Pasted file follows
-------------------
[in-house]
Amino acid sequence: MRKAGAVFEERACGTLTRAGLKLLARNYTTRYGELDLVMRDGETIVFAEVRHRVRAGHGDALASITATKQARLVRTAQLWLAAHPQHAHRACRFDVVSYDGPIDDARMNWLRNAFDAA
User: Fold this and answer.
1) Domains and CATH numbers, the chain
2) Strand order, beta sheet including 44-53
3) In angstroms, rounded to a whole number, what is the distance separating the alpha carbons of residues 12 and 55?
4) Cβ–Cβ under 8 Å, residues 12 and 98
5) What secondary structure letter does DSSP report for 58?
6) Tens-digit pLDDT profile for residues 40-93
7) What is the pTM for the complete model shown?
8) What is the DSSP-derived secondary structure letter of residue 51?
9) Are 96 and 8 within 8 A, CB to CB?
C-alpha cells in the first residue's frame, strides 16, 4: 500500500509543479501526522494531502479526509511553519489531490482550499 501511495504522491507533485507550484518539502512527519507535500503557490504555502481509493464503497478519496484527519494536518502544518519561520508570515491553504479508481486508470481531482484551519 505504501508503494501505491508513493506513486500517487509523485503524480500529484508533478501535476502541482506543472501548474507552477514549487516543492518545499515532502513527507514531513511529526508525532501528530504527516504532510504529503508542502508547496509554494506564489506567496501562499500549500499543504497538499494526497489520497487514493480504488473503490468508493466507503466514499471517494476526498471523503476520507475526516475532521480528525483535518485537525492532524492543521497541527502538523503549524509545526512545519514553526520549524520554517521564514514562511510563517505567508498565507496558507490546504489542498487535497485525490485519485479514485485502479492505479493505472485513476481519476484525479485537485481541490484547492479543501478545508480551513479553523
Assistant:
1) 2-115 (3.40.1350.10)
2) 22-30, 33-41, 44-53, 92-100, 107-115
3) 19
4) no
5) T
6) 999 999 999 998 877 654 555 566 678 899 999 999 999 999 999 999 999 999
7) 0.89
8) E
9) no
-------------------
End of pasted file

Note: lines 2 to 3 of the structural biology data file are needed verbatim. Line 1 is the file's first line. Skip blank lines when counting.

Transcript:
Amino acid sequence: MRKAGAVFEERACGTLTRAGLKLLARNYTTRYGELDLVMRDGETIVFAEVRHRVRAGHGDALASITATKQARLVRTAQLWLAAHPQHAHRACRFDVVSYDGPIDDARMNWLRNAFDAA
User: Fold this and answer.